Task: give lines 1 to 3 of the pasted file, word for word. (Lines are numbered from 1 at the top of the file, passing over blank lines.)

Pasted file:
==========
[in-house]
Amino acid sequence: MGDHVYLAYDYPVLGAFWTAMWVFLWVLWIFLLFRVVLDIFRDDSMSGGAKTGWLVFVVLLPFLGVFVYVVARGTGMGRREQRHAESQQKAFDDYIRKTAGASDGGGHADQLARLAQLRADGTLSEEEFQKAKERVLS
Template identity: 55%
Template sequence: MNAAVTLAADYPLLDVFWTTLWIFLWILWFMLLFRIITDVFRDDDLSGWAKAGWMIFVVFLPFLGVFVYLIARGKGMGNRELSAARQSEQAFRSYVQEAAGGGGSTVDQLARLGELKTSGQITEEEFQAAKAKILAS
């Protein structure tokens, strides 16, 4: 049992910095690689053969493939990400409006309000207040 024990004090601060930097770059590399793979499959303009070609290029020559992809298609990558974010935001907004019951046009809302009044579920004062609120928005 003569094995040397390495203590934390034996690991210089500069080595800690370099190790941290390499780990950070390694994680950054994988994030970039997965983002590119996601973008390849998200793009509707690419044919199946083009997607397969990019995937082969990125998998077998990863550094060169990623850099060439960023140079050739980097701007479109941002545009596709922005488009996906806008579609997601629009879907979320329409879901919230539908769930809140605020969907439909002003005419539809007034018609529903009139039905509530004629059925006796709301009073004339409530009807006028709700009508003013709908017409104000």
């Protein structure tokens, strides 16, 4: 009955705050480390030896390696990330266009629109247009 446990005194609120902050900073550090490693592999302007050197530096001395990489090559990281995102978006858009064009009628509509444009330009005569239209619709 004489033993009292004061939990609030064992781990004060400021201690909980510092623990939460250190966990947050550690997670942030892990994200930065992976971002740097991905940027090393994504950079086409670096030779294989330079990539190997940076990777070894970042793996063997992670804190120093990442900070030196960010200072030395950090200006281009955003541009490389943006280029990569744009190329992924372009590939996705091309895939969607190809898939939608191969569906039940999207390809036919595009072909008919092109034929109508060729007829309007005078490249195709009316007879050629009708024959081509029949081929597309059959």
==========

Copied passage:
[in-house]
Amino acid sequence: MGDHVYLAYDYPVLGAFWTAMWVFLWVLWIFLLFRVVLDIFRDDSMSGGAKTGWLVFVVLLPFLGVFVYVVARGTGMGRREQRHAESQQKAFDDYIRKTAGASDGGGHADQLARLAQLRADGTLSEEEFQKAKERVLS
Template identity: 55%